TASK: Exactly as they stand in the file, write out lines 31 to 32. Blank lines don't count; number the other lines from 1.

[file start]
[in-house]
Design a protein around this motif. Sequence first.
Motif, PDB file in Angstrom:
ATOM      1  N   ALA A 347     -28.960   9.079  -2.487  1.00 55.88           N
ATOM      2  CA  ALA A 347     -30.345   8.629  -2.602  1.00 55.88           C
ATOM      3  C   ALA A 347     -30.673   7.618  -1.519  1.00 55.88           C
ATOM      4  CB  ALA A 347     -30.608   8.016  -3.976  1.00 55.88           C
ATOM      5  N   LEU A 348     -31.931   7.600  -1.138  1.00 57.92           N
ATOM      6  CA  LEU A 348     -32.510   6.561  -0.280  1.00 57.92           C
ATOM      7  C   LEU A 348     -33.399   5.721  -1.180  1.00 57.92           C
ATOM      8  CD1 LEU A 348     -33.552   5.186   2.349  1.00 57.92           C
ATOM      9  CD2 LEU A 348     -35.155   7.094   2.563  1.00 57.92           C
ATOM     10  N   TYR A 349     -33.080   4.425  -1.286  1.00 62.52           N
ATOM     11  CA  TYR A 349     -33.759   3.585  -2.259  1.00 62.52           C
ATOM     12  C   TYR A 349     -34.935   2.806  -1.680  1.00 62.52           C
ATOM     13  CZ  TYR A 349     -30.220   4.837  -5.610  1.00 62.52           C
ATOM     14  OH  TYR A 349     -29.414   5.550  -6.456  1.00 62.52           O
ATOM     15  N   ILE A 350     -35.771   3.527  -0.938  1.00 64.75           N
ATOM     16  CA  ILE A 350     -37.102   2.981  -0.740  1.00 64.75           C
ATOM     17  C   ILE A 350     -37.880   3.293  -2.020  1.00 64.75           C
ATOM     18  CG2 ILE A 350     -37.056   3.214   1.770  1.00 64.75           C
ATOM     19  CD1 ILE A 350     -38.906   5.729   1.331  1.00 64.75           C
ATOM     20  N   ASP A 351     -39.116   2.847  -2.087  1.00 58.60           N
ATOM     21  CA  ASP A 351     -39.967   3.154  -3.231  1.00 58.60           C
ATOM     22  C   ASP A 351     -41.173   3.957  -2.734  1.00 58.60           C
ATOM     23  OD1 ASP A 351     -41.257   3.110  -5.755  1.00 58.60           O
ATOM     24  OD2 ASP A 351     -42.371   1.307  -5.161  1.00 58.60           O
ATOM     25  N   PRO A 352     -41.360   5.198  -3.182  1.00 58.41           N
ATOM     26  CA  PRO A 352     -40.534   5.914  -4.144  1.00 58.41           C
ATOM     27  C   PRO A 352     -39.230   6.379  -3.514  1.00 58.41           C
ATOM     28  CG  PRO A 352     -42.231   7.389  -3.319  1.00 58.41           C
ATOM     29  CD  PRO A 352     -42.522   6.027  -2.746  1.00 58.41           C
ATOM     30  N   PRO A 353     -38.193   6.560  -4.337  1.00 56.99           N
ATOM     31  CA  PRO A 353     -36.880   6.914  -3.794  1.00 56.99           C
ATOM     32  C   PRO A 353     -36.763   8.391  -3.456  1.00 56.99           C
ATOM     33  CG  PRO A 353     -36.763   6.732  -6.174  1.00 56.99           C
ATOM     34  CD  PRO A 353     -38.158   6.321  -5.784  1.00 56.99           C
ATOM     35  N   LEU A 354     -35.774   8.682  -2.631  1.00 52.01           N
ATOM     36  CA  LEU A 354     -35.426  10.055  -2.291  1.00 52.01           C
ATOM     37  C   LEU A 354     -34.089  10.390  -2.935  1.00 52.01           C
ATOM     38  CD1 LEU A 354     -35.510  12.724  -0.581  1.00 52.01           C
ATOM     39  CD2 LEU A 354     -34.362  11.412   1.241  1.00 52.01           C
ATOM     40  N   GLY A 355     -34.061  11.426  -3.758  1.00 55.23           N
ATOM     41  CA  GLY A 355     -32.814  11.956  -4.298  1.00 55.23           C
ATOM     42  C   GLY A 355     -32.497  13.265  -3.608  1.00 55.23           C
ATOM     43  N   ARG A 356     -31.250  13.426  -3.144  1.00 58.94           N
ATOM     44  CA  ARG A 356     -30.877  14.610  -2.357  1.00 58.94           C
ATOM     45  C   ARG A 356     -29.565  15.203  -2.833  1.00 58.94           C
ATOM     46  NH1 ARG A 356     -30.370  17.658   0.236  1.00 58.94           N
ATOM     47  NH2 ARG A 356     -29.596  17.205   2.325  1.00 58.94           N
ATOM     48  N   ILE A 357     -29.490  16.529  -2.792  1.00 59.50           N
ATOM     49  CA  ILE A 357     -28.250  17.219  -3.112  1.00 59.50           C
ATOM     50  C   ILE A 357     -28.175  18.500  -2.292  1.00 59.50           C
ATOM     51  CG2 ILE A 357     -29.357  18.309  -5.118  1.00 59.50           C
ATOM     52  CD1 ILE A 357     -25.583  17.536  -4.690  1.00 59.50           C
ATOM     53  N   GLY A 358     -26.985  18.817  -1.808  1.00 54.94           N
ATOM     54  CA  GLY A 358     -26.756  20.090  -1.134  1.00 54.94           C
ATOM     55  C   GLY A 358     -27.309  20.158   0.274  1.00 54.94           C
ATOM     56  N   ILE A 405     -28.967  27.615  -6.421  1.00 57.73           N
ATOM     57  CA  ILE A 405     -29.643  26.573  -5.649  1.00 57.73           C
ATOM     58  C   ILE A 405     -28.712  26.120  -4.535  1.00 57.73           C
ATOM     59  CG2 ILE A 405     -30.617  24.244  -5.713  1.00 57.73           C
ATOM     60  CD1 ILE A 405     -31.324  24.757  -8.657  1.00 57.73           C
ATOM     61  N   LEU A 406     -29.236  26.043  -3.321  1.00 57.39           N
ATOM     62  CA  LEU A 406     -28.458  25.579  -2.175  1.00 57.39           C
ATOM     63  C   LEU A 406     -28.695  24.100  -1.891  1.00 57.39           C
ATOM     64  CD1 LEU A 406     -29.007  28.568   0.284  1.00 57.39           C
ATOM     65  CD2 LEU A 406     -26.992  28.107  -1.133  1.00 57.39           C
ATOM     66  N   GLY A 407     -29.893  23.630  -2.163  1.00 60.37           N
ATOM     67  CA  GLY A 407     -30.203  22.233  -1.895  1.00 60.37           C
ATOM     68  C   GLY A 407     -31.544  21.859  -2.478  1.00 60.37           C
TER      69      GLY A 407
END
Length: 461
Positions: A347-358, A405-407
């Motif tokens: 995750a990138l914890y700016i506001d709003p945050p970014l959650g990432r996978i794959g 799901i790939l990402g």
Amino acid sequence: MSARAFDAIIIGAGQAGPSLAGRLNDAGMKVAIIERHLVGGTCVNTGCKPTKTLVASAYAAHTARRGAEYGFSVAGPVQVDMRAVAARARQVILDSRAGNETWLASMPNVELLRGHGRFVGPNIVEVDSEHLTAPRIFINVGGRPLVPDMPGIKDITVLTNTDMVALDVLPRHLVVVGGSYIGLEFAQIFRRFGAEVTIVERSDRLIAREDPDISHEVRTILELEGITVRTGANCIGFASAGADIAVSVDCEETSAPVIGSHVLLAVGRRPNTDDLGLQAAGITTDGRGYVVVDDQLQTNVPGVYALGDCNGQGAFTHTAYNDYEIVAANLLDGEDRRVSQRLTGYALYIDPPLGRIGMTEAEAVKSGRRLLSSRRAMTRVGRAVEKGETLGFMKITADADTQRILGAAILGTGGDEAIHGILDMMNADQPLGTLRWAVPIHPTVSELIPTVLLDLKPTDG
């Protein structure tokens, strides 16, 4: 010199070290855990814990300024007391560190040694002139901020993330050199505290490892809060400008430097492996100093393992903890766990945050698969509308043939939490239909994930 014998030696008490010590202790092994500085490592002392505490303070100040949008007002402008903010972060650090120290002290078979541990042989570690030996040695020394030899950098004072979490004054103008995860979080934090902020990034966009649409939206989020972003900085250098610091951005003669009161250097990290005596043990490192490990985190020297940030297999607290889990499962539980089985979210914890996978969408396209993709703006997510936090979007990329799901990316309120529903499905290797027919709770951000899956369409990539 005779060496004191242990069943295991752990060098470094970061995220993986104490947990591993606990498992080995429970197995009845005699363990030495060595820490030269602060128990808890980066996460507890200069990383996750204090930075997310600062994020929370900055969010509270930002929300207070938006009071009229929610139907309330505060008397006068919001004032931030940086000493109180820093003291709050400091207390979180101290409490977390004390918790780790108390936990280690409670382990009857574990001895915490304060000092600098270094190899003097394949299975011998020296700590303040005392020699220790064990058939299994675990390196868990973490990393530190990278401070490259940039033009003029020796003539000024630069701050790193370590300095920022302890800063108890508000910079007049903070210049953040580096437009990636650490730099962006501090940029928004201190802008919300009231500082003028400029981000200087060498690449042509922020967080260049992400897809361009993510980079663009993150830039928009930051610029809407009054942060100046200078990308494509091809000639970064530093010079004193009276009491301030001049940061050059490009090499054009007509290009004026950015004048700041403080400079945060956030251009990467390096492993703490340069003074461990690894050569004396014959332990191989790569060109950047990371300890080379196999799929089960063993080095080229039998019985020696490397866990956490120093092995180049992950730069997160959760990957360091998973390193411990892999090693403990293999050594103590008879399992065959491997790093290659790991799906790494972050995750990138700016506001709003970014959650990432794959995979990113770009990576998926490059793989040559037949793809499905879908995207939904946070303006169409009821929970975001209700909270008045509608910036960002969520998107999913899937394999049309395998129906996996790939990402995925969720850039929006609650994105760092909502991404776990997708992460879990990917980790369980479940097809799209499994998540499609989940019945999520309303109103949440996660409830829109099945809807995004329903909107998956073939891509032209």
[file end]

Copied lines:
ATOM     28  CG  PRO A 352     -42.231   7.389  -3.319  1.00 58.41           C
ATOM     29  CD  PRO A 352     -42.522   6.027  -2.746  1.00 58.41           C